Intro to Sociology: Politics and Society Part I & II
Intro to Sociology: Politics and Society Part I & II Introduction to Sociology
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This 5 page Class Notes was uploaded by Michelle Chang on Monday May 2, 2016. The Class Notes belongs to Introduction to Sociology at University of Wisconsin - Oshkosh taught by Jeremiah Bohr in Winter 2016. Since its upload, it has received 17 views. For similar materials see Introduction to Sociology in Social Sciences at University of Wisconsin - Oshkosh.
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Date Created: 05/02/16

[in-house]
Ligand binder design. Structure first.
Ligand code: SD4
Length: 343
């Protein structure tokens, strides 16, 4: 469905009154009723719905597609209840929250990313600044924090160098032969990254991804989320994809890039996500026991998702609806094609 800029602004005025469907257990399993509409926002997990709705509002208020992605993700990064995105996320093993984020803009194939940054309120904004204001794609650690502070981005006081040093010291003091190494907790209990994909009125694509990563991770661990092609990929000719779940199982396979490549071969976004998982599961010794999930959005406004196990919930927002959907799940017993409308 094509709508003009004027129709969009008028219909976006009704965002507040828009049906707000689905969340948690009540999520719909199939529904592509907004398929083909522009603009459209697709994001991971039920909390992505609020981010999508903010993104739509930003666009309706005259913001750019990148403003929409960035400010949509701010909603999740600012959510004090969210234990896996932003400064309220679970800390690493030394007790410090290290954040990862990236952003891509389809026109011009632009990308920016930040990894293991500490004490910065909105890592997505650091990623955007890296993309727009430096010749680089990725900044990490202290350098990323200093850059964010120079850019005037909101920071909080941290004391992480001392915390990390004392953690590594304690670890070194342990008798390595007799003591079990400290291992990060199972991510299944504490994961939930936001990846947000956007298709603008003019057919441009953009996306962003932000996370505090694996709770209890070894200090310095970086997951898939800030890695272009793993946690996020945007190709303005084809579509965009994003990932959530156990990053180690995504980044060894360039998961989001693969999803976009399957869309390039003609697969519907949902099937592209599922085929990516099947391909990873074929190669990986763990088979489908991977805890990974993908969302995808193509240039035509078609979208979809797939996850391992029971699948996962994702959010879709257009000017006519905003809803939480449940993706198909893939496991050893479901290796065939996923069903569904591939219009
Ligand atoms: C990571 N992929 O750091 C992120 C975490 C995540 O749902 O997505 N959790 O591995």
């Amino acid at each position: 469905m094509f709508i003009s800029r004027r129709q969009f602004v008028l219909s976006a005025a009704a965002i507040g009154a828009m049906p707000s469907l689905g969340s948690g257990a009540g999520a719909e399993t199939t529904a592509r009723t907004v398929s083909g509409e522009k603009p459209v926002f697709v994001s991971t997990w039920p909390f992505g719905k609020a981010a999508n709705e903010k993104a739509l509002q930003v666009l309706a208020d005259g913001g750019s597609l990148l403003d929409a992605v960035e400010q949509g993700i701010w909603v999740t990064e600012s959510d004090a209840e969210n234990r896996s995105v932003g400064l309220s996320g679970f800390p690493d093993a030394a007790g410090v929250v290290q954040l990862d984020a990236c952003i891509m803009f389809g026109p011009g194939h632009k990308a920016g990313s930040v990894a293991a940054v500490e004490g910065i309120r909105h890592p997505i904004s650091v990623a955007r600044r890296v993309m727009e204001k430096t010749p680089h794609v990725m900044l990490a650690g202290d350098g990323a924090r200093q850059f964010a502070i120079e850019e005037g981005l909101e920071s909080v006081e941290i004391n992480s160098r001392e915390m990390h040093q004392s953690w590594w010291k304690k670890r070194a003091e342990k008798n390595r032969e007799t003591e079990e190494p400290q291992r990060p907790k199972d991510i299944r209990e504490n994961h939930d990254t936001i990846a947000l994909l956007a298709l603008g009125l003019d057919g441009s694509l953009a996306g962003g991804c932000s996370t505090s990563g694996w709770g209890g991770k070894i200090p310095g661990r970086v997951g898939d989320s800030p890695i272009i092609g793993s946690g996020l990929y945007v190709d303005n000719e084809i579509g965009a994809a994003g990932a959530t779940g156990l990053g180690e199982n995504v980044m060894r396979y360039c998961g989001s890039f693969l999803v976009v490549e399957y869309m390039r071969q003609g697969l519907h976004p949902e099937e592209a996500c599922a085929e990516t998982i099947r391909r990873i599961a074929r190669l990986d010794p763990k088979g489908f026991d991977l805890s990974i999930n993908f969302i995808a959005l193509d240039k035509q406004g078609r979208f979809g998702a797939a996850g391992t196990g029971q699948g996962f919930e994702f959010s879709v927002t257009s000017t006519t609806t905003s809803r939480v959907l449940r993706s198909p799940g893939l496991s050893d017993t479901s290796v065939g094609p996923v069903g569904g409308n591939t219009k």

1 Introduction to Sociology SOC 101 (Section 002C) *** Notes from class lectures Politics and Society, Part I Politics o Who gets What, When, and How (Harold Lasswell) Struggles over finite/limited resources o Formal politics Elections, citizenry Power, Governance, and the State o Informal politics Power outside of the state Examples The “court of public opinion” Social movements (protests, boycotts, e.g.) (Consequential) corporate decision-making “Office politics” Authority o The legitimate use of power Recognized as just by the people Types of Authority o Traditional Legitimacy via custom Ex. The Pope o Legal-rational Legitimacy via rules Ex. President o Charismatic Legitimacy via personality Ex. Radio hosts Authority and the State o The State Mostly relies upon legal-rational authority State authority enforced by threat of physical coercion o Paradox of authority Resorting to physical coercion strips the state of legitimate authority Power o Power The ability to exercise control over others, even against their will (Max Weber) 2 o Domination The probability that a command will be obeyed o Hard power Power via threat of coercion o Soft power Power via cultural attractiveness Law o Rules of behavior defined by political authority and backed by state power o Functionalists Laws are based on collective conscience, reflect shared values of a social group (Durkheim) o Conflict theorists Laws reflect the ideological goals of the ruling class (Marx) o Interactionists Laws are symbols that regulate relationships beyond social differences Nation, Government, and State o What is a nation? A social and cultural relationship continuous over time, contained within geographic boundaries o What is a government? Provision of specific public services that provide order within a society o What is a state? Total apparatus that monopolizes government services within a territory Modern States o Defines a national territory o Sovereignty o Developed bureaucracy Nationalism VS. Patriotism o Nationalism Nation as site of ultimate loyalty Advocate interests of own nation, excludes interests of other nations o Patriotism Refers more generally to love of country o All of this affects… Our discourse – the way we talk (and thus think) Social movements – activists often frame their goals in terms of national interests 3 Emotional sentiments Politics and Society, Part II Types of Power Systems o Anarchy Absence of an organized state o Monarchy Single ruler; hereditary o Dictatorship Single ruler; not hereditary o Oligarchy Rule by a small, elite group o Democracy Power, distributed equally among citizens Elected government Citizenship o Collection of rights Evolve over time Emerge out of conflict o Relationship between the individual and state o Does not apply equally to all people Possibility of “stateless” individuals/groups Types of Citizen Rights o Civil Rights of individual freedom (speech, e.g.) o Political Right to participate in political power o Social Right to a minimal standard of living Social Welfare o Life can be “poor, nasty, brutish and short.” – Thomas Hobbes o Social welfare The ability to take care of basic needs for others in your group/community o For most of human history, welfare came from… Family Neighbors/community Religious organizations The “Welfare State” o Describes state responsibility for the welfare of its citizens Meets basic needs for 4 Education Housing Health Income o Defines the nature of State/Economy relationship Three Types of Welfare States o 1) Social democratic o 2) Liberal o 3) Conservative Social Democratic Model o Characteristics Universal program eligibility De-commodification (non-market service) Wealth redistribution emphasized Labor participation of women encouraged o Lower tolerance for poverty o Examples Denmark, Norway, Sweden Liberal Model o Characteristics Means-tested programs (0nly some citizens qualify) Commodification (relies more on markets) Wealth redistribution de-emphasized Labor participation of women encouraged o Higher tolerance for poverty o Examples U.S., Canada, Australia Conservative Model o Characteristics Programs work through occupations/employers Moderate levels of de-commodification Income redistribution is minimal Labor participation of women discouraged o Preservation of traditional family structures emphasized o Examples France, Italy Major US Welfare Programs o Social Security Before SS, seniors most vulnerable age group to poverty Today, seniors least vulnerable age group to poverty o Medicare and Medicaid o Federal education funding o Various anti-poverty programs Tax Systems 5 o Progressive Individuals with higher incomes pay greater share of tax burden o Regressive Individuals with lower incomes pay greater share of tax burden Taxes and Welfare o In general… Countries with regressive tax systems have stronger welfare states Countries with progressive tax systems have weaker welfare states
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